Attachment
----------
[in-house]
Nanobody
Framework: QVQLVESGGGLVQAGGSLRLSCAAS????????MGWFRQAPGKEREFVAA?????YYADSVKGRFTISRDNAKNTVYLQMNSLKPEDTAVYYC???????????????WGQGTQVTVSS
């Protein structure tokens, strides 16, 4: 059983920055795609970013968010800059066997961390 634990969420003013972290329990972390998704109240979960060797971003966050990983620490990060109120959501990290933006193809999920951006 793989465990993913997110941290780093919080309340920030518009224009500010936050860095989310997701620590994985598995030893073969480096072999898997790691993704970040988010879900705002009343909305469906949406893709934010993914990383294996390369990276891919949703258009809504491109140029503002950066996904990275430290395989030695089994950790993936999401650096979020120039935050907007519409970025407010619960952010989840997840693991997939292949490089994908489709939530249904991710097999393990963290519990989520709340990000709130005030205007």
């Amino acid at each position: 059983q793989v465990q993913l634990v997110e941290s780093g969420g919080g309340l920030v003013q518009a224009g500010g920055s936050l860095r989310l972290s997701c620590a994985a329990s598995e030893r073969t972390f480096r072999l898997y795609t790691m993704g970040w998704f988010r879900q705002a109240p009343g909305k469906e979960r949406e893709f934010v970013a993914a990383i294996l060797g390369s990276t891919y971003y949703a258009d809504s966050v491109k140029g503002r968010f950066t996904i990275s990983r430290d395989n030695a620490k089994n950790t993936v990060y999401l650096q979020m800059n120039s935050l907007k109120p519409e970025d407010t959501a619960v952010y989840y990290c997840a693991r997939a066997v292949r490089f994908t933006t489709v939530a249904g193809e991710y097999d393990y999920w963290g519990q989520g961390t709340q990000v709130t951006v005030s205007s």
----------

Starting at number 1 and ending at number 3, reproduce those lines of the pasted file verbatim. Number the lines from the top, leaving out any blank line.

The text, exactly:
[in-house]
Nanobody
Framework: QVQLVESGGGLVQAGGSLRLSCAAS????????MGWFRQAPGKEREFVAA?????YYADSVKGRFTISRDNAKNTVYLQMNSLKPEDTAVYYC???????????????WGQGTQVTVSS